Notion is a delightfully different app: part note-taking app and part task management tool, it combines the best of both types of programs to create something unique. As you can read in this full Notion app review, it’s the good kind of unique, too, the kind that pushes boundaries you didn’t even know needed to be pushed.
- Notion combines a note-taking tool with a productivity app and does a fine job of it. However, it lacks some advanced functionality, making it less useful for larger teams.
- The combination of task management with wikis and notes makes Notion ideal for writers, graphic designers and other creatives, as well as marketers and the like.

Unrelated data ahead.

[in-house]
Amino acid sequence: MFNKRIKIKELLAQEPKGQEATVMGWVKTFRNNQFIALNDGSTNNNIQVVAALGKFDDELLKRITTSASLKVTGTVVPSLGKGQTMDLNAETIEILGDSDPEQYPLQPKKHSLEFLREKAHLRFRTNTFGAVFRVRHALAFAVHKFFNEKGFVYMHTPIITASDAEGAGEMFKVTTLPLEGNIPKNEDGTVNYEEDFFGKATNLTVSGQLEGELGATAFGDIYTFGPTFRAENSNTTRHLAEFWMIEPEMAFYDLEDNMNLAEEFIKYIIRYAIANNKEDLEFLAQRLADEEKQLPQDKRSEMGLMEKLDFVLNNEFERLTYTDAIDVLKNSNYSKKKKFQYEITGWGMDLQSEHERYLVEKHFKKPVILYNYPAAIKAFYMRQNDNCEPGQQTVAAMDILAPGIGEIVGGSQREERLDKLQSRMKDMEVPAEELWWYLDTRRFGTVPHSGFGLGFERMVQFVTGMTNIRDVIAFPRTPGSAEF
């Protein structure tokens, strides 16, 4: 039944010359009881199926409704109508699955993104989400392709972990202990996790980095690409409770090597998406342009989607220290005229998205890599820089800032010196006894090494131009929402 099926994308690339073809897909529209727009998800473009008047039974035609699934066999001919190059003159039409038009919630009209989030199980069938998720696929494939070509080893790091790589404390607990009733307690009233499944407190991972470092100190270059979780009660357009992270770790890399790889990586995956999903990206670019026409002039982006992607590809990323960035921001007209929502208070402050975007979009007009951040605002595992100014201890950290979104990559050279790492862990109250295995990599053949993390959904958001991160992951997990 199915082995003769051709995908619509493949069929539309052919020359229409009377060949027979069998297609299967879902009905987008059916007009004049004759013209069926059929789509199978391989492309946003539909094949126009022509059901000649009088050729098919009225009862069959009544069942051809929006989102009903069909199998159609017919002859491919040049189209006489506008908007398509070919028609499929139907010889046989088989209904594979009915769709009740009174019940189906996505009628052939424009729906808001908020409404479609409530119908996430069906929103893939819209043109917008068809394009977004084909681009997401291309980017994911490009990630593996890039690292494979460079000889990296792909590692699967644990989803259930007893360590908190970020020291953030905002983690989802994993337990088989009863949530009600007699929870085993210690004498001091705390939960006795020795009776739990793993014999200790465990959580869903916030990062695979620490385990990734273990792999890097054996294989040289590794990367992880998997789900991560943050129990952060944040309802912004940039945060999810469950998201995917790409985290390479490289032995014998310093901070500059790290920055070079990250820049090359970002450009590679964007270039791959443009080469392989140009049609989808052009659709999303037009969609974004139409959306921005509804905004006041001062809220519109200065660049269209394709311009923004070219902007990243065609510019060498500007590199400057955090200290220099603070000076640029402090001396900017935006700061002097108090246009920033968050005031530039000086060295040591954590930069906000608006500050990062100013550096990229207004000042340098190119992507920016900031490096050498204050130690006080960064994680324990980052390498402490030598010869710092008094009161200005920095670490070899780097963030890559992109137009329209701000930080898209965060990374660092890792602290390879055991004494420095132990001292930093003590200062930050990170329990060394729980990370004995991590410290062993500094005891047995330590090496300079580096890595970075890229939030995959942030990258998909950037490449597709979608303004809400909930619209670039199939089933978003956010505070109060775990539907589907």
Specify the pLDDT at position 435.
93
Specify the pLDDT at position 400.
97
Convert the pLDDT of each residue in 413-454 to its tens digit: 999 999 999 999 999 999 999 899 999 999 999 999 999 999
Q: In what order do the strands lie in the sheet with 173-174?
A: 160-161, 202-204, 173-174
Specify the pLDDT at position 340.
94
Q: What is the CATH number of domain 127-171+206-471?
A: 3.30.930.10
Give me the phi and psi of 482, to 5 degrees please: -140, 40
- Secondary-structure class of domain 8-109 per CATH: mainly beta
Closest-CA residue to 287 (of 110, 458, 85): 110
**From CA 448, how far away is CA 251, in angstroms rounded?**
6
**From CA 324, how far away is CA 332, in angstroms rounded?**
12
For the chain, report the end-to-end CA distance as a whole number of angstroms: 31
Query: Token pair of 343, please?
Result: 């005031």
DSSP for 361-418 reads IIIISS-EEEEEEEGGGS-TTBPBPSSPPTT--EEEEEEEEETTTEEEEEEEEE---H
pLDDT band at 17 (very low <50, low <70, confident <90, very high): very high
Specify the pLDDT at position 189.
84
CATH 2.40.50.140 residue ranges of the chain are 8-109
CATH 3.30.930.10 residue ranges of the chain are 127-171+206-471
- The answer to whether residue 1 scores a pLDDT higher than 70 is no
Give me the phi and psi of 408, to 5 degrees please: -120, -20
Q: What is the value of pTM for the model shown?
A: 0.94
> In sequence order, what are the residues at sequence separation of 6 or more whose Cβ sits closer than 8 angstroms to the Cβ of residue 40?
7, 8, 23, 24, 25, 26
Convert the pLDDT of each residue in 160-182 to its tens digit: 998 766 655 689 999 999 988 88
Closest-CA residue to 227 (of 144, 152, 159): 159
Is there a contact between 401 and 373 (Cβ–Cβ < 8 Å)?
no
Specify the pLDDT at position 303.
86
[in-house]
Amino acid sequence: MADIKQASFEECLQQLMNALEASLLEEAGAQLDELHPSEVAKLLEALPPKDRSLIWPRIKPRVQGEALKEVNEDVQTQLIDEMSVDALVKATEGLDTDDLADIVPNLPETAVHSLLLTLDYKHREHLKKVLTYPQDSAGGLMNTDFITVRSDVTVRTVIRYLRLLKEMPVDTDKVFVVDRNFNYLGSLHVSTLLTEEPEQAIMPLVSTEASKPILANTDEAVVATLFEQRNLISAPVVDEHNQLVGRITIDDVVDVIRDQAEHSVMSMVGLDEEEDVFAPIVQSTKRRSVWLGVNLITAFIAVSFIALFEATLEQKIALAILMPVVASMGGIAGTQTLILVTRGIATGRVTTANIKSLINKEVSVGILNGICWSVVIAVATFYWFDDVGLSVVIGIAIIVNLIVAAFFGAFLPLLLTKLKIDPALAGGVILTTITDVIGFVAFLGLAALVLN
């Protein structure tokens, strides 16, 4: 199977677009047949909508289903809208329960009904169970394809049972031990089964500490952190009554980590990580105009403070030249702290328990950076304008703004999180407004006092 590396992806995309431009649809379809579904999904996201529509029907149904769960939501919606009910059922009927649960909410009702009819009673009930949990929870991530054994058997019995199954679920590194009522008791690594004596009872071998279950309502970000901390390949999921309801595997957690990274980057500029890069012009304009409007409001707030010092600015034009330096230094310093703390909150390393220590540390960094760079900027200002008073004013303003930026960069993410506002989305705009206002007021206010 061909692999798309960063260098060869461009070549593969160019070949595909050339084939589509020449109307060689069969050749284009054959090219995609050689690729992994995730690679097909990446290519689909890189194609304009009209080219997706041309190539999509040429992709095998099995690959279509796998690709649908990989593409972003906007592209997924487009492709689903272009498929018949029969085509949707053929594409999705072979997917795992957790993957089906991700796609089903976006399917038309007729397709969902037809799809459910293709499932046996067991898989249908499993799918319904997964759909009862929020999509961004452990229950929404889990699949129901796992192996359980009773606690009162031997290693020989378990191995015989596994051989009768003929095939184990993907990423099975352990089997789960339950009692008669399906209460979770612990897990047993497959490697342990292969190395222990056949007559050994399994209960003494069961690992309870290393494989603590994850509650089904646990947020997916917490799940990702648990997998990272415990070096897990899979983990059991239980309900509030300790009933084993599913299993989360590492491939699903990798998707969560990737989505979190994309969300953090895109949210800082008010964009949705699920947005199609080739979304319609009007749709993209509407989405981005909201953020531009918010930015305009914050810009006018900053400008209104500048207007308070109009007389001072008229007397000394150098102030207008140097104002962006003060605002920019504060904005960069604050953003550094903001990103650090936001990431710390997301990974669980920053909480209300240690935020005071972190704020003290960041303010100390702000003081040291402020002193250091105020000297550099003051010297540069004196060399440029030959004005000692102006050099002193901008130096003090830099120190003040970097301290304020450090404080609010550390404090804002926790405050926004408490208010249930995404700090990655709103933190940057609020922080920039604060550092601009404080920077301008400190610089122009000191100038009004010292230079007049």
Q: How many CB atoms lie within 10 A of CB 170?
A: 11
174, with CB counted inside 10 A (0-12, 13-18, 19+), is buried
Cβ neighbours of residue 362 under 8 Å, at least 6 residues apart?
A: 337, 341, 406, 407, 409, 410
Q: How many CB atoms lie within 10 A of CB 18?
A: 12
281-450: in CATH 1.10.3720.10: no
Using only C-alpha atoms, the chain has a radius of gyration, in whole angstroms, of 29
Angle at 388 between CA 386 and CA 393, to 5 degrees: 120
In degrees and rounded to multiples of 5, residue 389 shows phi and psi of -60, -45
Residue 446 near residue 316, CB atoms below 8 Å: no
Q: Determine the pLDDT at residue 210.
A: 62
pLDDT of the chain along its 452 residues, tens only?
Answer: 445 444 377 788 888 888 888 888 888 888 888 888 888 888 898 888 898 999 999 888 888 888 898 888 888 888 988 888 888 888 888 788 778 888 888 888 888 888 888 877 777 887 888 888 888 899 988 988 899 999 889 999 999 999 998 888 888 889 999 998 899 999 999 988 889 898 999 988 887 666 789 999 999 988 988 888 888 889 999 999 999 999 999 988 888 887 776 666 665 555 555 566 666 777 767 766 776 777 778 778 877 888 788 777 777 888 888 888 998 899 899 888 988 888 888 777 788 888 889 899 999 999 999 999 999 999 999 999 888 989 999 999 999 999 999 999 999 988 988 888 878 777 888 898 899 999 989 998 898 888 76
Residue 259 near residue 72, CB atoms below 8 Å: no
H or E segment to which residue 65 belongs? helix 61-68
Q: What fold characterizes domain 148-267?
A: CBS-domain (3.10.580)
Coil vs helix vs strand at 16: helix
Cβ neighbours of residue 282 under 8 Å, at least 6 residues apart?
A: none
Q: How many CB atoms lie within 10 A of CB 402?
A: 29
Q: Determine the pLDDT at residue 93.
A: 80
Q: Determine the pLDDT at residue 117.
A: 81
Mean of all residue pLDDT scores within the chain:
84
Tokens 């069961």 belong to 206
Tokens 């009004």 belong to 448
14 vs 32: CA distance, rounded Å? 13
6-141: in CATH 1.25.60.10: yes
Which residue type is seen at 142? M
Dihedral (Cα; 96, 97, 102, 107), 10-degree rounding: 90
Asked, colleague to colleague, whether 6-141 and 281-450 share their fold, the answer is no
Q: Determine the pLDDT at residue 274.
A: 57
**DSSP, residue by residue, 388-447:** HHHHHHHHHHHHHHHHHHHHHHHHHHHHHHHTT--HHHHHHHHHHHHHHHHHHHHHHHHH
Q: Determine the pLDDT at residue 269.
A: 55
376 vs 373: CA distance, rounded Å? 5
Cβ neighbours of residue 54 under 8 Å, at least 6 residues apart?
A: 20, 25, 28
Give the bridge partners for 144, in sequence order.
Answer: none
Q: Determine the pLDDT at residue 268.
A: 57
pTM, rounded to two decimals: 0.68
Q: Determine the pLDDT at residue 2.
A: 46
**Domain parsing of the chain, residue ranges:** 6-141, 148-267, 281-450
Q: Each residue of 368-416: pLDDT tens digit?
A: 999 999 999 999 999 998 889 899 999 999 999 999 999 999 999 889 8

- Notion is free for one person, making it a great choice for freelancers who need to keep track of tasks and take notes at the same time.
Notion does something very few hybrid solutions manage to do: it’s good at both the things it combines. It’s better than most of the best note-taking apps out there, while also giving many of the best project management tools a run for their money. However, it does this at the cost of more advanced features.
Because of this, Notion isn’t a full fledged project management software, but more of a task manager. If you’re running a large team and several projects, you’re much better off checking out Notion alternatives monday.com or Asana. That said, Notion still gets a surprising amount done, so stick around for our full review or give it a spin yourself.
Notion is a good note-taking app and a good task management app, though it’s missing some advanced features from both.